Heartworm Disease and Your Pet
Summer may be over, but mosquitoes are hearty pests, and protecting your pet from heartworm disease is a year-round responsibility. Heartworm disease is most prevalent in hot, humid areas, such as the Southeastern U.S., but has been diagnosed in every state—including Alaska—throughout the year. According to the Companion Animal Parasite Council, more than 1,700 New Jersey pets were diagnosed with heartworm disease in 2019, with 174 cases diagnosed in Monmouth County pets.
The heartworm life cycle in pets
Heartworm disease is caused by the parasitic worm, Dirofilaria immitis. A mosquito bites a heartworm-infected dog and picks up microscopic larval worms along with its blood meal. Once the larvae mature inside the mosquito, they can be transmitted to any animal a mosquito bites, although dogs are their preferred host. Inside a dog’s body, the larvae migrate to the large blood vessels near the heart and lungs, where they mature over six months, begin reproducing, and can accumulate to a large population over months to years. Once mature worms begin reproducing, larval worms circulate through the bloodstream, and can be picked up by mosquitoes to infect other pets.
If a cat is bitten by an infected mosquito, the larval worms can mature to adulthood, but cannot reproduce.
Heartworm disease in pets
As heartworms multiply, they accumulate in the lung vessels. They may also enter the heart, if an infection reaches advanced stages. Heartworms in a pet’s blood vessels and heart can cause several problems, including:
- Inflammation — The presence of foreign parasites in the blood vessels and heart triggers significant inflammation that leads to vessel scarring and rigidity.
- Stress — Extra volume places strain on the heart, which must work harder to pump blood through the body.
- Obstruction — Worms taking up space in blood vessels interfere with normal blood flow, leading to inadequate oxygen delivery to tissues. In severe cases, whole worms or pieces of dead worms can completely obstruct a vessel, leading to a pulmonary embolism.
Heartworm signs in pets
Heartworm disease clinical signs are caused by the inflammation, stress, and blood flow obstruction related to worm presence, and include:
The severity of a pet’s clinical signs is related to the lung damage caused by the worms. If heartworm disease is not treated, worms will eventually accumulate to a burden that interferes enough with heart function to cause death.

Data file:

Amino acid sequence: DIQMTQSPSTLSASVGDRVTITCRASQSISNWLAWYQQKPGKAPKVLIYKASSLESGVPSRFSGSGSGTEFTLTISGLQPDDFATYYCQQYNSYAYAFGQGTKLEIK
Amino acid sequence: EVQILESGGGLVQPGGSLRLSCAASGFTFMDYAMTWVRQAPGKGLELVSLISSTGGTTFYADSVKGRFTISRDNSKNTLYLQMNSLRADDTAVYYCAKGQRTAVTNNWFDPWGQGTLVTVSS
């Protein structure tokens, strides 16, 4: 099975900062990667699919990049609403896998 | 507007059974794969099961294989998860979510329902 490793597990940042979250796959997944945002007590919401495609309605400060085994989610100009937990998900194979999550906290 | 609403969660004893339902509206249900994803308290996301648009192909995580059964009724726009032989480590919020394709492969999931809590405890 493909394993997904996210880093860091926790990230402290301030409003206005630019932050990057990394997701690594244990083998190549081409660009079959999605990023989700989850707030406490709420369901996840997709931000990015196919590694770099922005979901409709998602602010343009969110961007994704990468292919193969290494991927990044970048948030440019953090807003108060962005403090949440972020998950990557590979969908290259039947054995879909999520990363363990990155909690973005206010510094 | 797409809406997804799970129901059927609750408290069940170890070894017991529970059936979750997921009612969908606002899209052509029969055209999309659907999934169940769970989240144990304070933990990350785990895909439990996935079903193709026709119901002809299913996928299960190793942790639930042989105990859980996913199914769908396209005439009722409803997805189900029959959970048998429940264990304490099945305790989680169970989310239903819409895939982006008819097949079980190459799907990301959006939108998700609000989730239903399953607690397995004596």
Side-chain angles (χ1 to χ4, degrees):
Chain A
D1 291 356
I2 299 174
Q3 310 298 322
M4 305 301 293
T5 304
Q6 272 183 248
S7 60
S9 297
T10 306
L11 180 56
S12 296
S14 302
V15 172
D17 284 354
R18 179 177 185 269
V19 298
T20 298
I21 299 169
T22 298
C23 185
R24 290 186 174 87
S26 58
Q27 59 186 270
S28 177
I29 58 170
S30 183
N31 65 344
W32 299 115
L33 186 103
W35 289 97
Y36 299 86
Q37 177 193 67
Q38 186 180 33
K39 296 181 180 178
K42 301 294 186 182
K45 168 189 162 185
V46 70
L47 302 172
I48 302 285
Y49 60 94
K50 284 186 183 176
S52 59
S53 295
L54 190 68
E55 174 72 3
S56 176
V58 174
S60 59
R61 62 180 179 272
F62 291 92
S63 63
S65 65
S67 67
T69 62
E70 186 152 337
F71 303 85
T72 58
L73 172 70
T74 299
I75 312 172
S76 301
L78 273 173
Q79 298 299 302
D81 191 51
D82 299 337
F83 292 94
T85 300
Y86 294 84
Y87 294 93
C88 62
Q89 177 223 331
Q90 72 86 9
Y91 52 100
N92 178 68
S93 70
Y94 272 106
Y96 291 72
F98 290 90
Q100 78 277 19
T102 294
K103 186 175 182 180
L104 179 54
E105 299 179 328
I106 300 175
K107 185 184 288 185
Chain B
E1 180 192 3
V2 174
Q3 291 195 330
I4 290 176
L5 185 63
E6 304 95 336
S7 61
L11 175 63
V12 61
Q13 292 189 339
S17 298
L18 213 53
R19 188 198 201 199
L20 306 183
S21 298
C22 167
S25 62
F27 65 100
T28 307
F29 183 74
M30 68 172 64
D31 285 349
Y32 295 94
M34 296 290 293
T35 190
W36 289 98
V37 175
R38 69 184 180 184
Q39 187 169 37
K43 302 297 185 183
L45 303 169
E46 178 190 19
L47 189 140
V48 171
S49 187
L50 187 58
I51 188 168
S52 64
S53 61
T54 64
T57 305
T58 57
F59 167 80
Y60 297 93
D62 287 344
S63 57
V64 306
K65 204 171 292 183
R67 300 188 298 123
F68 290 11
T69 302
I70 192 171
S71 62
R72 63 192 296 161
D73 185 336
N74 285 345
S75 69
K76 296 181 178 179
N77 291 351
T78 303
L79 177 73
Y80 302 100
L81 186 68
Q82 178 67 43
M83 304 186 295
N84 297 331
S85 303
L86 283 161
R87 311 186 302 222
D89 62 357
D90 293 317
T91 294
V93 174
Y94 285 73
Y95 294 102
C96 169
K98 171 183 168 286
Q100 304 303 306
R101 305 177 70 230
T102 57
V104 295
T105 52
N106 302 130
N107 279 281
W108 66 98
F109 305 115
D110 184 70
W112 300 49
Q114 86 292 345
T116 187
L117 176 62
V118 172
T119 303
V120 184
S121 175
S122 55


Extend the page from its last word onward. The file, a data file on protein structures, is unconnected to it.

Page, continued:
Although cats may experience similar clinical signs, caused by inflammation triggered by the few worms they harbor, affected cats may suffer silently, collapse, or suddenly die.
- Decreased appetite
- Exercise intolerance
- Difficulty breathing
- Abdominal distension
Heartworm disease diagnosis in pets
We use a simple blood test to screen for heartworm disease during your pet’s annual wellness exam. If your pet tests positive, further diagnostic tests, such as comprehensive blood work, radiographs (i.e., X-rays), and ultrasound, may be performed to assess your pet’s overall health, and stage their heartworm disease.
Heartworm disease treatment in pets
Heartworm disease treatment involves a course of several medications that may include:
Treatment is essential to prevent heartworm infection from advancing and causing death but can also be risky. Pieces of dead worms can lodge in blood vessels, causing a pulmonary embolism that blocks blood flow to lung tissue, and often sudden death. Dogs with a large worm build-up are at highest risk for pulmonary embolism. Your dog’s activity must be extremely restricted throughout treatment, to reduce the risk of this deadly complication.
No approved treatment is available to kill adult heartworms in cats. Treatment for heartworm-positive cats focuses on managing inflammation to reduce the risk of lung damage and death.
- Adulticide — Several injections are administered over two to three months to kill adult heartworms.
- Larvicide — Medications are administered to also kill heartworm larvae before they can mature to adults.
- Antibiotics — Antibiotics will be administered to kill bacteria that heartworms carry that help them develop and may help trigger inflammation in infected pets.
- Anti-inflammatories — Non-steroidal anti-inflammatory drugs (NSAIDs) or steroids are often used to control inflammation throughout treatment.
Heartworm prevention in pets
Heartworm disease can have deadly consequences for your pet but, fortunately, is easily preventable. We can recommend and prescribe several medications, including oral, spot-on, and injectable forms, that prevent heartworm larvae from developing into the adults that can cause dangerous disease. It is imperative that every pet be treated year-round to prevent infection. Ask one of our team members about heartworm disease preventives for your pet.
Don’t assume the end of summer means pausing your pet’s heartworm protection until warm weather returns. If your pet is due for their annual heartworm test or a preventive refill, give us a call to schedule this life-saving appointment.